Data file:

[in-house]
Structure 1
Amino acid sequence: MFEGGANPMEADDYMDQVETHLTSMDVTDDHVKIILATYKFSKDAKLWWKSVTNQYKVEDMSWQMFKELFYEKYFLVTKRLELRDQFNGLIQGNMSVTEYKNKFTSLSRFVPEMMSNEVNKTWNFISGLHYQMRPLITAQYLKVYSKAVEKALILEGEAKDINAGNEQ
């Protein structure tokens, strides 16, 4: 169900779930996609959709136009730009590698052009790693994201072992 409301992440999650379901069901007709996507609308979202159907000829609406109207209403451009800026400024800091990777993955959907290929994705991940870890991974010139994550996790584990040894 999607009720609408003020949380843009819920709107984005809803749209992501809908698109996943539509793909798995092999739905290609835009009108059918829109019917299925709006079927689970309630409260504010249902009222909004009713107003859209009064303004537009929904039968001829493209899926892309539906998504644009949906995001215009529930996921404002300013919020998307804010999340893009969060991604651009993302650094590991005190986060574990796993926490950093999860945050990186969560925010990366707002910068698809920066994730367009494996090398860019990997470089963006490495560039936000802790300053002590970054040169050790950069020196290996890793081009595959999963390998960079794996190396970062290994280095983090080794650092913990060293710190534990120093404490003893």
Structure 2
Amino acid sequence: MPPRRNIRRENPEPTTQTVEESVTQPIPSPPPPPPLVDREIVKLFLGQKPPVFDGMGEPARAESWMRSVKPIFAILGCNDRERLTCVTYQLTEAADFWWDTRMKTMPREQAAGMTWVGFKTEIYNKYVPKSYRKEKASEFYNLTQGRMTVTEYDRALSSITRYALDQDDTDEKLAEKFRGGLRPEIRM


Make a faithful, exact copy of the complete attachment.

[in-house]
Structure 1
Amino acid sequence: MFEGGANPMEADDYMDQVETHLTSMDVTDDHVKIILATYKFSKDAKLWWKSVTNQYKVEDMSWQMFKELFYEKYFLVTKRLELRDQFNGLIQGNMSVTEYKNKFTSLSRFVPEMMSNEVNKTWNFISGLHYQMRPLITAQYLKVYSKAVEKALILEGEAKDINAGNEQ
């Protein structure tokens, strides 16, 4: 169900779930996609959709136009730009590698052009790693994201072992 409301992440999650379901069901007709996507609308979202159907000829609406109207209403451009800026400024800091990777993955959907290929994705991940870890991974010139994550996790584990040894 999607009720609408003020949380843009819920709107984005809803749209992501809908698109996943539509793909798995092999739905290609835009009108059918829109019917299925709006079927689970309630409260504010249902009222909004009713107003859209009064303004537009929904039968001829493209899926892309539906998504644009949906995001215009529930996921404002300013919020998307804010999340893009969060991604651009993302650094590991005190986060574990796993926490950093999860945050990186969560925010990366707002910068698809920066994730367009494996090398860019990997470089963006490495560039936000802790300053002590970054040169050790950069020196290996890793081009595959999963390998960079794996190396970062290994280095983090080794650092913990060293710190534990120093404490003893």
Structure 2
Amino acid sequence: MPPRRNIRRENPEPTTQTVEESVTQPIPSPPPPPPLVDREIVKLFLGQKPPVFDGMGEPARAESWMRSVKPIFAILGCNDRERLTCVTYQLTEAADFWWDTRMKTMPREQAAGMTWVGFKTEIYNKYVPKSYRKEKASEFYNLTQGRMTVTEYDRALSSITRYALDQDDTDEKLAEKFRGGLRPEIRM